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Case report
Microsurgery in the sickle cell trait population: is it actually safe?
  1. Paul F Abraham,
  2. Omar Allam,
  3. Kitae Eric Park and
  4. Michael Alperovich
  1. Division of Plastic Surgery, Yale School of Medicine, New Haven, Connecticut, USA
  1. Correspondence to Dr Michael Alperovich; michael.alperovich{at}yale.edu

Abstract

Although sickle cell disease has long been viewed as a contraindication to free flap transfer, little data exist evaluating complications of microsurgical procedures in the sickle cell trait patient. Reported is the case of a 55-year-old woman with sickle cell trait who underwent a deep inferior epigastric perforator microvascular free flap following mastectomy. The flap developed signs of venous congestion on postoperative day 2 but was found to have patent arterial and venous anastomoses on exploration in the operating room. On near-infrared indocyanine green angiography, poor vascular flow was noted despite patent anastomoses and strong cutaneous arterial Doppler signals. Intrinsic microvascular compromise or sickling remains a risk in the sickle cell trait population as it does for the sickle cell disease population. Just like in sickle cell disease patients, special care should be taken to optimise anticoagulation and minimise ischaemia-induced sickling for patients with sickle cell trait undergoing microsurgery.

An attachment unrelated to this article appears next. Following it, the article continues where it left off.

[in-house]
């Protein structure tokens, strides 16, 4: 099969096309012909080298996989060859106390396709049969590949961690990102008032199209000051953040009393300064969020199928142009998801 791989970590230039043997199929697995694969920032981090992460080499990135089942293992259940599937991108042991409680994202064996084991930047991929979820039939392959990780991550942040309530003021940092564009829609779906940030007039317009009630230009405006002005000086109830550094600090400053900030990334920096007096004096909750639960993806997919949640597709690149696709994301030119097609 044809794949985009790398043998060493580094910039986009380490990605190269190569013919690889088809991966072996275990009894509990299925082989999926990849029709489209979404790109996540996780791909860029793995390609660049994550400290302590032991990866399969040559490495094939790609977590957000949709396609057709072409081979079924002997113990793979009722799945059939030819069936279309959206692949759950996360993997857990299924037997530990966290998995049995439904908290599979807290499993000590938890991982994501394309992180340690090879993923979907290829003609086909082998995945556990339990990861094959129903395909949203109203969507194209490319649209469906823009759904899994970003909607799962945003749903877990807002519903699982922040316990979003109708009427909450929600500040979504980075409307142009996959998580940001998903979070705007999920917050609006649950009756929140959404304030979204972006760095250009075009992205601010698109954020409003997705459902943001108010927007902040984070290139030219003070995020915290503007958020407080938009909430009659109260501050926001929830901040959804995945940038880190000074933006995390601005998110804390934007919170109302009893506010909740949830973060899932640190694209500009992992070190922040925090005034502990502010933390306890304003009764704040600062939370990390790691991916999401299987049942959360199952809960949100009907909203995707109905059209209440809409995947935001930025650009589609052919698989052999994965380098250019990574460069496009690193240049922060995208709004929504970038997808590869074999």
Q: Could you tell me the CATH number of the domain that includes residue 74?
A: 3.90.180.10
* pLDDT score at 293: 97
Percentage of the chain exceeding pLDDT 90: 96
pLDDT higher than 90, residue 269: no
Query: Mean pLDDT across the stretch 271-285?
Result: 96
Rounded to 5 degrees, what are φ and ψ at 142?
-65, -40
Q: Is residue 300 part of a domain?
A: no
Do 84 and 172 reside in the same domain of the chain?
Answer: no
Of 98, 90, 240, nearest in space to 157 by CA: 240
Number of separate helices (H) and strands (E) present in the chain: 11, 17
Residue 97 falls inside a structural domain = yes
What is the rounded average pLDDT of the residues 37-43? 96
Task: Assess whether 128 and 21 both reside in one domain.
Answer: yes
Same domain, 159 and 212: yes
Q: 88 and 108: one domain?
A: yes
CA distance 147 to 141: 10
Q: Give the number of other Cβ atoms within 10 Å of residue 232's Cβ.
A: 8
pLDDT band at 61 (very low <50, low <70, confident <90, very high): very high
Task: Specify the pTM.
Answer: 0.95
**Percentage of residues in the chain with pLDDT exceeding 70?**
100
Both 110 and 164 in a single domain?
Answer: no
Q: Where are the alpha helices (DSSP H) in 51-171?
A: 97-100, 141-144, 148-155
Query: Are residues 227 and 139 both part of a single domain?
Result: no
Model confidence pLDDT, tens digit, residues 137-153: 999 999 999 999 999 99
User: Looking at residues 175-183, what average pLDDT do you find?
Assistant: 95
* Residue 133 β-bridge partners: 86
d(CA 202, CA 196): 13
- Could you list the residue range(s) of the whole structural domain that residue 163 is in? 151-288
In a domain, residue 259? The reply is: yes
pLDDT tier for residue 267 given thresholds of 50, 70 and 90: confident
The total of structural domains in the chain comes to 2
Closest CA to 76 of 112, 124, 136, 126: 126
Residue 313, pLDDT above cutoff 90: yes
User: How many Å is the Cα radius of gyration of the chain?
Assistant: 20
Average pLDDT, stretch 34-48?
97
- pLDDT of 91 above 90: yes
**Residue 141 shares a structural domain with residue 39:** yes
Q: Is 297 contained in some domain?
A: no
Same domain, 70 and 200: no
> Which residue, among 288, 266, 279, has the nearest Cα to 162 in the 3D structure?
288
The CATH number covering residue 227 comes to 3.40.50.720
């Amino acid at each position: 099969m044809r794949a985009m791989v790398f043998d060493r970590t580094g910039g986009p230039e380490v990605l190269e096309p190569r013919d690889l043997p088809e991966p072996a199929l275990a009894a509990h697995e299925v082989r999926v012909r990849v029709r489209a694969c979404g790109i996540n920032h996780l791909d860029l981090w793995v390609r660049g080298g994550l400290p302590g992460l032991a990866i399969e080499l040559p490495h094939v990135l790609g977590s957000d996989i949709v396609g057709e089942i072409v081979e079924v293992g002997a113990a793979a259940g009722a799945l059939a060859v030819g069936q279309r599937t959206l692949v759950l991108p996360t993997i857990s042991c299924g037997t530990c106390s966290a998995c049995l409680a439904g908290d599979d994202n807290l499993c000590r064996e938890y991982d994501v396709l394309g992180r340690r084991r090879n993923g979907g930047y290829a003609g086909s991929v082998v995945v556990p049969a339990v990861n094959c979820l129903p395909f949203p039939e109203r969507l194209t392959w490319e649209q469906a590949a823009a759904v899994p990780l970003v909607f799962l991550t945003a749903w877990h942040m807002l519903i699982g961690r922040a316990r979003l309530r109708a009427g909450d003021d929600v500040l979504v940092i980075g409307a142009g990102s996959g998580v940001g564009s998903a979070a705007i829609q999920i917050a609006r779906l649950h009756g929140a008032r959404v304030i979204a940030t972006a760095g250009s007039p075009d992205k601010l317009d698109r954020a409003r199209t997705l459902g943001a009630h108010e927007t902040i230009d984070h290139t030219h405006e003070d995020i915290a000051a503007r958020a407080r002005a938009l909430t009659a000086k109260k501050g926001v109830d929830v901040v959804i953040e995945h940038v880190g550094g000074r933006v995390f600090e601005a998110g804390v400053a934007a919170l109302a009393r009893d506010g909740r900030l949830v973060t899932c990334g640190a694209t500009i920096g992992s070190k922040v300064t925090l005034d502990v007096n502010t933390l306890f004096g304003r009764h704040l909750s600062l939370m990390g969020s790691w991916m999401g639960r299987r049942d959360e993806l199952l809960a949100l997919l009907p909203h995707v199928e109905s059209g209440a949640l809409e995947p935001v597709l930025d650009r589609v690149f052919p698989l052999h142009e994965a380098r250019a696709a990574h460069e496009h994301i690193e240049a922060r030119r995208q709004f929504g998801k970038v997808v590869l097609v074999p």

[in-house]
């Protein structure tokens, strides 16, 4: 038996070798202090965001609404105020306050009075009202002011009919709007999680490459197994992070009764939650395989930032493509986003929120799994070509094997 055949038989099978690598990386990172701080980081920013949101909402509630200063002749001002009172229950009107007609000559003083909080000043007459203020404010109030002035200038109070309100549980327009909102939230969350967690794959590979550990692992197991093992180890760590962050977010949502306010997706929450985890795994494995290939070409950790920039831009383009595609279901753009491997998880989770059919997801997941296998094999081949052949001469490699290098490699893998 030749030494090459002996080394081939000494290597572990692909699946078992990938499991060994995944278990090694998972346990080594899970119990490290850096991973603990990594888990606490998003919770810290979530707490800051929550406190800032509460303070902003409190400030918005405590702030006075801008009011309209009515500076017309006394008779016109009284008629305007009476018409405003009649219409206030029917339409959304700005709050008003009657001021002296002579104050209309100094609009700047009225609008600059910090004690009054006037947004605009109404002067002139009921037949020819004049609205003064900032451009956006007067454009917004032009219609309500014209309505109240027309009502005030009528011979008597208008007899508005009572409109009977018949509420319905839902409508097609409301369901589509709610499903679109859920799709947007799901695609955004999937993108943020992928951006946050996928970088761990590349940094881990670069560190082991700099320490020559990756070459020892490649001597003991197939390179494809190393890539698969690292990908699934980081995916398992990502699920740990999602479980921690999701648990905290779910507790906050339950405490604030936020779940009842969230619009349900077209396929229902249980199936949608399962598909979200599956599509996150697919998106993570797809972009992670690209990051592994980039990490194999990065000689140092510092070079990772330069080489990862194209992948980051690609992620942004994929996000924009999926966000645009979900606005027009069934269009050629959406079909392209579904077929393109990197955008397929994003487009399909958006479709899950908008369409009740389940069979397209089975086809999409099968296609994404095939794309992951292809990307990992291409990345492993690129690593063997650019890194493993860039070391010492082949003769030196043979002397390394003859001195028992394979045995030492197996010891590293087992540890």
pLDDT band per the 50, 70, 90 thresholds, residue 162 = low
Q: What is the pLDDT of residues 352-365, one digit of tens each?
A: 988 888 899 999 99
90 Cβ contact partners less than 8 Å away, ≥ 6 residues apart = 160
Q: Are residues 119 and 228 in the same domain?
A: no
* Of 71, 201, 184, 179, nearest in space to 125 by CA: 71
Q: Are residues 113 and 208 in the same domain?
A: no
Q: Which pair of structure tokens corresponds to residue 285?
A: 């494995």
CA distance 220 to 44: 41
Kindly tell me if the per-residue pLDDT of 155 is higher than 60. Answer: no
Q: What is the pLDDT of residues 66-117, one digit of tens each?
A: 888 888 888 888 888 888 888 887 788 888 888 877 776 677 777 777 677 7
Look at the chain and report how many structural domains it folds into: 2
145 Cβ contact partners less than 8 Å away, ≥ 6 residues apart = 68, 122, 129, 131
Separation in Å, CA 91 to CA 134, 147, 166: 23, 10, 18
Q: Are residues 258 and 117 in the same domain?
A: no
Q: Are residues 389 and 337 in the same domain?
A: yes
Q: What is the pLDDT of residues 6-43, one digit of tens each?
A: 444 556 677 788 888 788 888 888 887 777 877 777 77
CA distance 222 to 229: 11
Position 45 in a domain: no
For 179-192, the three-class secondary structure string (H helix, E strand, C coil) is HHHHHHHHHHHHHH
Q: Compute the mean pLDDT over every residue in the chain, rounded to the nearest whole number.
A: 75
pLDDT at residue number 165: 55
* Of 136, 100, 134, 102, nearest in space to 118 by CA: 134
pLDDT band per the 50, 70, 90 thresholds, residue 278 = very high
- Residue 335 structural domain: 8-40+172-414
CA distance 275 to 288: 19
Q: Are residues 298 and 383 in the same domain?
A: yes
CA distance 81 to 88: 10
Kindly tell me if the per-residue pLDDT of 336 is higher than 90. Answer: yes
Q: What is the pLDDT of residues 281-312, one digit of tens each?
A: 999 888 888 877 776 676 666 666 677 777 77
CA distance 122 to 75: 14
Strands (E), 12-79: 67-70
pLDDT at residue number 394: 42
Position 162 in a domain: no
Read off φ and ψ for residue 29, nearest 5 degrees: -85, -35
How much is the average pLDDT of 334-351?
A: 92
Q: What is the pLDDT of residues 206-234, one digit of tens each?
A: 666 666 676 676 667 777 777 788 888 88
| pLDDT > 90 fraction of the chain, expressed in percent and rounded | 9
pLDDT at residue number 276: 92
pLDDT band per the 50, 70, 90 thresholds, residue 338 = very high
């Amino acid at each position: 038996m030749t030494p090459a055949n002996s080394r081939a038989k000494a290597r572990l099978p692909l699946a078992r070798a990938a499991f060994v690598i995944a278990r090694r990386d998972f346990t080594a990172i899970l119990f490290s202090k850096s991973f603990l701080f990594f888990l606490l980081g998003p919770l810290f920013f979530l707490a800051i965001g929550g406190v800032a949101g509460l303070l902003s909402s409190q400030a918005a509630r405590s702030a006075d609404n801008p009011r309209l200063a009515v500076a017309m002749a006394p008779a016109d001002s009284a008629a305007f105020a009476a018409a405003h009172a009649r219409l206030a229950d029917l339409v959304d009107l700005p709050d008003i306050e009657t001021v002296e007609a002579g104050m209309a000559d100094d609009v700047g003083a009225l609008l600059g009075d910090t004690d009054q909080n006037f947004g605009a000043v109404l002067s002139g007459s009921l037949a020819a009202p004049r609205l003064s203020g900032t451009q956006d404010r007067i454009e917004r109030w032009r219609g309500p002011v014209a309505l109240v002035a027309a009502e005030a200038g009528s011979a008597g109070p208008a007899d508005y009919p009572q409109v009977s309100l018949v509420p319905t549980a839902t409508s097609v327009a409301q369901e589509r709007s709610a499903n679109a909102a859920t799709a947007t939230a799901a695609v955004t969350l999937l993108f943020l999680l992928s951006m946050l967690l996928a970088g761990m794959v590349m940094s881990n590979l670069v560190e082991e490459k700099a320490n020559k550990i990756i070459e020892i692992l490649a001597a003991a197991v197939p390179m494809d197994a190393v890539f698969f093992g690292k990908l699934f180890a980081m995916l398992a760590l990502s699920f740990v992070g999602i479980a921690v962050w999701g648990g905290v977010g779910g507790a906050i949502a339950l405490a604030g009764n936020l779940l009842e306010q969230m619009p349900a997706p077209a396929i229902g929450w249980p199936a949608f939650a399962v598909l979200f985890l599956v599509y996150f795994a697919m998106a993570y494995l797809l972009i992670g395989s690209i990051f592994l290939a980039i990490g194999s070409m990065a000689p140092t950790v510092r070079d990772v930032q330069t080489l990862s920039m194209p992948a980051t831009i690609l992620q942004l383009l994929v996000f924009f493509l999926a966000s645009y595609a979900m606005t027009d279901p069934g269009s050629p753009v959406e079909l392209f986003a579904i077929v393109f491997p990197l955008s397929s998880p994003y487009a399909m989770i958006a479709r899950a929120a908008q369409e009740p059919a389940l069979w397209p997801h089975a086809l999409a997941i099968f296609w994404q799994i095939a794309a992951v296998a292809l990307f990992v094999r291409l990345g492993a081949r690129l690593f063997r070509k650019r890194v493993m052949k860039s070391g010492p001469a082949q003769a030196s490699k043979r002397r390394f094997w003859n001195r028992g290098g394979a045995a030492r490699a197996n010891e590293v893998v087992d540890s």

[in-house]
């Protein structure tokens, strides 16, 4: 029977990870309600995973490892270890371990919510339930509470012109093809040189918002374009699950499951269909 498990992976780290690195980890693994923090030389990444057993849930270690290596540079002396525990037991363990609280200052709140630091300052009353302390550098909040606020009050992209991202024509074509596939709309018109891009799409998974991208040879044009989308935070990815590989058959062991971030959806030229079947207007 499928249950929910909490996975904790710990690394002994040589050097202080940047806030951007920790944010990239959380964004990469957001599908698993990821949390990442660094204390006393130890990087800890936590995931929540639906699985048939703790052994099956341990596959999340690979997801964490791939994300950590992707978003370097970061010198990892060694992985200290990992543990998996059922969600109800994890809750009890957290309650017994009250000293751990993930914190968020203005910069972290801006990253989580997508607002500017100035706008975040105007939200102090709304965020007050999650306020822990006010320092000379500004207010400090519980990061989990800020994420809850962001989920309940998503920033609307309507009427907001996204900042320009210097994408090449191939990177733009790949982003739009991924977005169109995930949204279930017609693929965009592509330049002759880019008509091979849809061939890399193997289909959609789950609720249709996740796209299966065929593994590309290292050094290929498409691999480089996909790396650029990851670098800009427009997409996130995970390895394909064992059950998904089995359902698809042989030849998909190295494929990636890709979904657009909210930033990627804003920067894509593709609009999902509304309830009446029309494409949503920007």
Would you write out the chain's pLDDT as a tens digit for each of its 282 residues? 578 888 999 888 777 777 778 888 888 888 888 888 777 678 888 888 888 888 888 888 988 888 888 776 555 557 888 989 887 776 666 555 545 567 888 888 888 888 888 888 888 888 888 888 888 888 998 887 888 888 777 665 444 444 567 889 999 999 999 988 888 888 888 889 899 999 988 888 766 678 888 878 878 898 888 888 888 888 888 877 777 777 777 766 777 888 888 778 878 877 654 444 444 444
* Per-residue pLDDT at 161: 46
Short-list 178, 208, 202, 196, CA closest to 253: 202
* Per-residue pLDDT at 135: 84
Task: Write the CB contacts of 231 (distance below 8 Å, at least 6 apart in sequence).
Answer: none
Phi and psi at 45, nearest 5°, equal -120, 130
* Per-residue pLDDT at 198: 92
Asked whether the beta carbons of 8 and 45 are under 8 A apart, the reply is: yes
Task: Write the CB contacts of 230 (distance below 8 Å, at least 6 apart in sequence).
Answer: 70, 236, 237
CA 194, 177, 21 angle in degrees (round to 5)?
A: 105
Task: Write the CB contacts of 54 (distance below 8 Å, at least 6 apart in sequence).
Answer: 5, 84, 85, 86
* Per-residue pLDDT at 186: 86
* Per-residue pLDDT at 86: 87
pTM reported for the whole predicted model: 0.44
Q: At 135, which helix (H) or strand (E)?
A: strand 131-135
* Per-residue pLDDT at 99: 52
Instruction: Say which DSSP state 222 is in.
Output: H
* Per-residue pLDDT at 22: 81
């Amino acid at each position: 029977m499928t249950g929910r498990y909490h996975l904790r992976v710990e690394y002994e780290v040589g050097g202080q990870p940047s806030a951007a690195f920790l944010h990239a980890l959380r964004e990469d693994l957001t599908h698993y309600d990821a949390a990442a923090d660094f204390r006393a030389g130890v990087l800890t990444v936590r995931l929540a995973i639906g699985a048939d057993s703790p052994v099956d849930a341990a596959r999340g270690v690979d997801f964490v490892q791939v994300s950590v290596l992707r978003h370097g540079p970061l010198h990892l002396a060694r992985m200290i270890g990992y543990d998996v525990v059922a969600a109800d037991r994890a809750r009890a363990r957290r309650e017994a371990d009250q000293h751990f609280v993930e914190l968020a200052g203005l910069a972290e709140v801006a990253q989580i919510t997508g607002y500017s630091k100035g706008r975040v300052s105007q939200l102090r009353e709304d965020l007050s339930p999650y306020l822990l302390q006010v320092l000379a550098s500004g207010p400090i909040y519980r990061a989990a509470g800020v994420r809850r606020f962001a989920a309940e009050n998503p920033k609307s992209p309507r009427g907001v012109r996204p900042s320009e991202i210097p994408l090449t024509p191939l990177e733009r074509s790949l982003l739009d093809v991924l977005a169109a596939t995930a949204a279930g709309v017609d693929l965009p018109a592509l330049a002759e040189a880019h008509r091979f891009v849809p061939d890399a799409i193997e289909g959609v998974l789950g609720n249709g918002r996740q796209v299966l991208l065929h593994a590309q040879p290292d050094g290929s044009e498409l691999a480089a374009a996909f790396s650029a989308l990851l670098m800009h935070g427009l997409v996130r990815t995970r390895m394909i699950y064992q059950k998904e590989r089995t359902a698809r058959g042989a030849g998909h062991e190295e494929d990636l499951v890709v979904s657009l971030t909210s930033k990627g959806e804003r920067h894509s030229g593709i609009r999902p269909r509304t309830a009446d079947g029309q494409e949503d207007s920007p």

• surgical oncology
  • plastic and reconstructive surgery
  • sickle cell disease

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Footnotes

  • Contributors PFA, OA and KEP wrote the manuscript with the guidance of MA. OA signed the consent and reached out to the patient to explain the case report and present the case report to the patient. MA supervised this project. All authors discussed the results and contributed to the final manuscript.

  • Funding The authors have not declared a specific grant for this research from any funding agency in the public, commercial or not-for-profit sectors.

  • Competing interests None declared.

  • Patient consent for publication Obtained.

  • Provenance and peer review Not commissioned; externally peer reviewed.

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